Touch ID not working on Mac: 7 quick fixes to try

Touch ID is a hugely useful tool on MacBook Air or MacBook Pro and even on some external Apple keyboards. It helps you verify your identity without having to type in your password each time. Most of the time, it works without a hitch. You set it up, and then when you need to use it, just place your finger over the Touch ID reader. However, sometimes, things go wrong, and it doesn’t work, either when you’re trying to set it up or when you’re trying to use it. Why isn’t my Touch ID working, you might be wondering. We’ll explain why that happens and how to fix it.

What is Touch ID?

Touch ID started out on the iPhone as a way of unlocking it without typing in a password. You just place a finger on the Home button, and the scanner recognizes your fingerprint and unlocks the phone. Touch ID on the Mac does the same thing. Where is Touch ID on a Macbook? It’s either on the Touch Bar if the Mac has one or at the end of the row of function keys. Once set up, you can use it to log in to your Mac, verify purchases made with Apple Pay, or autofill password or payment information on a website or an app.

Why does Touch ID stop working?

There are a couple of ways in which Touch ID can go wrong. It can either stop you from adding a fingerprint during the set-up process or fail to recognize a fingerprint when you use it to log in or authorize a purchase. In both cases, the most likely cause is a software fault. However, it’s possible that there is a hardware error. That could be something as simple as dirt or grease on your finger or on the scanner.


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How to fix it when Touch ID is not working

As with any problem on your Mac, it’s best to rule out the simplest and most likely causes first. So, follow the steps below in order.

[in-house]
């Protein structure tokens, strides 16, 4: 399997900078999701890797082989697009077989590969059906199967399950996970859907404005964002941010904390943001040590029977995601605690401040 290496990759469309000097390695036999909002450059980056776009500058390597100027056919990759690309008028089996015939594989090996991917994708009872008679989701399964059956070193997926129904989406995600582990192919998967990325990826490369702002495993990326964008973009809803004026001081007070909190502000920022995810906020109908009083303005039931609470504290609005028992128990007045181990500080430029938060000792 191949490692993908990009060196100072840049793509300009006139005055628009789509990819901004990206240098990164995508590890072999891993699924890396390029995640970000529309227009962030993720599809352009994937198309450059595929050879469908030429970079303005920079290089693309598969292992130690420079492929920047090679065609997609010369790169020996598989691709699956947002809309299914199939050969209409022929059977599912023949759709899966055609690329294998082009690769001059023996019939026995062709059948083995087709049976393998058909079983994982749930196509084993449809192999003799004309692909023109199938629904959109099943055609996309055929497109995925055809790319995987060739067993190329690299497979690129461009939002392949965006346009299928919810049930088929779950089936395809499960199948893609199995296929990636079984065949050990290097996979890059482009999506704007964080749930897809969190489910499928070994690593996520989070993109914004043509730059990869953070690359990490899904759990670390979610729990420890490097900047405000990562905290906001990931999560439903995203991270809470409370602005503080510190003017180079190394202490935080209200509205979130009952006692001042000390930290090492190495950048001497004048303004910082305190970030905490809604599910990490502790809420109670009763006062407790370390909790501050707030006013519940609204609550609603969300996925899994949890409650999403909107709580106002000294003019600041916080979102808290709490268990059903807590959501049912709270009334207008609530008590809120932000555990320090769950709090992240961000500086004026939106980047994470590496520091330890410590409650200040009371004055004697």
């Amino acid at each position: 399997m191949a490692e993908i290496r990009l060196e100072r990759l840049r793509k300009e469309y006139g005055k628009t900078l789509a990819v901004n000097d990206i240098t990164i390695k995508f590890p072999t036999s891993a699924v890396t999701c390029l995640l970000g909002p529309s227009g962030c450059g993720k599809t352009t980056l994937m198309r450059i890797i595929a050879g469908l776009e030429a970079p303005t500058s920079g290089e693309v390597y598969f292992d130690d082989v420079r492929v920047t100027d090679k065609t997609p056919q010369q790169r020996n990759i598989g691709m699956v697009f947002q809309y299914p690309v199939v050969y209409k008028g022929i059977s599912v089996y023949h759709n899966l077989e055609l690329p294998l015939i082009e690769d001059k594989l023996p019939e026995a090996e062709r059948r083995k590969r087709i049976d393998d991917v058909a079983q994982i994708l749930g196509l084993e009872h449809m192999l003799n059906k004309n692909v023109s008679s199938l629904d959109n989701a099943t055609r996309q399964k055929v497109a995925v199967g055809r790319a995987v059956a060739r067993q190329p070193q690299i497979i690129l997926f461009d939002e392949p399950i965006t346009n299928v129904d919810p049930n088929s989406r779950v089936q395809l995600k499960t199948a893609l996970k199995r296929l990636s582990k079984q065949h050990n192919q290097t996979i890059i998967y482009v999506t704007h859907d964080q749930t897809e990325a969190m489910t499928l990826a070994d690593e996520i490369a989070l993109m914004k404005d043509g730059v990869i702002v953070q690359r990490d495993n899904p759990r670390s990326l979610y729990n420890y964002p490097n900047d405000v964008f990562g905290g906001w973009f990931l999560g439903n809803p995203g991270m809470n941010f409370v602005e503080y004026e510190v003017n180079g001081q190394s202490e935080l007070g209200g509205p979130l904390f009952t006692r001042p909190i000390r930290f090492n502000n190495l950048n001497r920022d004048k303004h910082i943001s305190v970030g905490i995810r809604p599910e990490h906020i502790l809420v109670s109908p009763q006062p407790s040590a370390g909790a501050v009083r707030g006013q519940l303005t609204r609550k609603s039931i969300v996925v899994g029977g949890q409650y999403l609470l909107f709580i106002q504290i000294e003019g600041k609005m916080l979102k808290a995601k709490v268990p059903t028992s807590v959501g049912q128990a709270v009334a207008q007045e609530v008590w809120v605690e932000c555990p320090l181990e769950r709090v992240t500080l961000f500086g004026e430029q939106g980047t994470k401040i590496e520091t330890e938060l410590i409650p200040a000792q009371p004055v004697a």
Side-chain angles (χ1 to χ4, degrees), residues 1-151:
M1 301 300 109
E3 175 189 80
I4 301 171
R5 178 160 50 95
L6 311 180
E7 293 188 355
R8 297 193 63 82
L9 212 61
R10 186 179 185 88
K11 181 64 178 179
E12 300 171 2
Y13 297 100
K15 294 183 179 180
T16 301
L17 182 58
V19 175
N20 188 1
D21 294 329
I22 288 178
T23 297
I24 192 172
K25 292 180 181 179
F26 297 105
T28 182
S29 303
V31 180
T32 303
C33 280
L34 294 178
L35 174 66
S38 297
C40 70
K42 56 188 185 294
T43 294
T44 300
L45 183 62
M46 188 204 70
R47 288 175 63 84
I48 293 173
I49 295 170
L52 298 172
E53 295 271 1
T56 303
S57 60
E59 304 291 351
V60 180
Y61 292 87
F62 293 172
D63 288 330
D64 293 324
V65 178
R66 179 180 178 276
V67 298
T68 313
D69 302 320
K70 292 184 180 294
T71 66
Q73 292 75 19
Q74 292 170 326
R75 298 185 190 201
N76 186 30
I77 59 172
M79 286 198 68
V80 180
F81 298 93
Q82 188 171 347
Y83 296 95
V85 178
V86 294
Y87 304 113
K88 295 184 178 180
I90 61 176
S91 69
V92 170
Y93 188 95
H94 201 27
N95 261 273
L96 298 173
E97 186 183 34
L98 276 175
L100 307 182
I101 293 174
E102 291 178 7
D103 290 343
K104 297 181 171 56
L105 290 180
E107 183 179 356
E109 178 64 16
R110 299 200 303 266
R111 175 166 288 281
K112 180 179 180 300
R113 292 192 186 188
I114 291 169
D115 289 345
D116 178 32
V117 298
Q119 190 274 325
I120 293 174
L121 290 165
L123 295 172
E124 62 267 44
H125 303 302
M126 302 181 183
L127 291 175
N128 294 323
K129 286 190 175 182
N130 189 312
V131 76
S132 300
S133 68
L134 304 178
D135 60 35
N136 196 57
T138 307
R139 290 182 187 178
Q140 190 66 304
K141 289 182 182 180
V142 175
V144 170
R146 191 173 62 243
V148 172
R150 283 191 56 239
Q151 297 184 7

1. Clean your finger

    Yes, really. If your finger has oil or grease on it, that might be causing problems for the Touch ID scanner.

    2. Try a different finger

    If you have more than one fingerprint set-up in Touch ID, try a different one.

    3. Clean the Touch ID button

    Just as the problem might be with oil or grease on your finger, it could also be caused by oil or grease on the Touch ID reader itself. Use a soft, dry cloth and wipe it gently.

    4. Restart your Mac

    Yes, the old switch it off and switch it on again. It works often. In this case, restarting clears out temporary files and, on Apple Silicon Macs, performs checks on the boot disk and fixes problems.

    5. Check for macOS updates

    There may be a bug in the version of macOS that’s installed on your Mac, and updating to the latest version might fix it. Go to System Settings > General > Software Update to check and install the update if one is available.

    6. Reset Touch ID

    If none of the steps above works, the next one is to remove the current fingerprints from Touch ID and start again. To do that, go to System Settings > Touch ID & Password and hover over the first fingerprint. When the ‘x’ appears, click it and type in your password, then click Delete. Repeat that for other fingerprints. When they are all deleted, click ‘+’ and follow the instructions on the screen to add them once again.

    7. Reset the SMC

    The system management controller (SMC) manages all the low-level tasks on the Mac, like power management and Touch ID. Resetting it can sometimes fix problems with those functions. The process for resetting it is different for Intel-based and Apple silicon Macs. You can find out how to reset it for your Mac on Apple’s website here.

    What to do if your Mac won’t let you add a fingerprint

    If the problems with Touch ID occur while you are setting it up and trying to add a fingerprint, try these steps.

    1. Clean and dry your finger

      Any oils or grease on your finger could prevent your fingerprint from being added. Similarly, Apple says that exercising, showering, swimming, and even cooking can affect your fingerprint in ways that interfere with Touch ID. So if you’ve recently engaged in any of those activities, wait for a few hours before trying again.

      2. Make sure you follow the instructions

        Specifically, you need to move your finger around so that the whole print is picked up by the scanner on the first or second pass. Make sure the whole thing turns blue on the screen.

        3. Stop and start again

          If the process gets stuck, or the fingerprint starts to become less — rather than more — blue, stop, delete that fingerprint, and start again.

          If Touch ID is not working, or if you have trouble setting it up, don’t panic. There could be a very simple explanation that’s easily fixed. Follow the steps above to identify the problem and get Touch ID working again.

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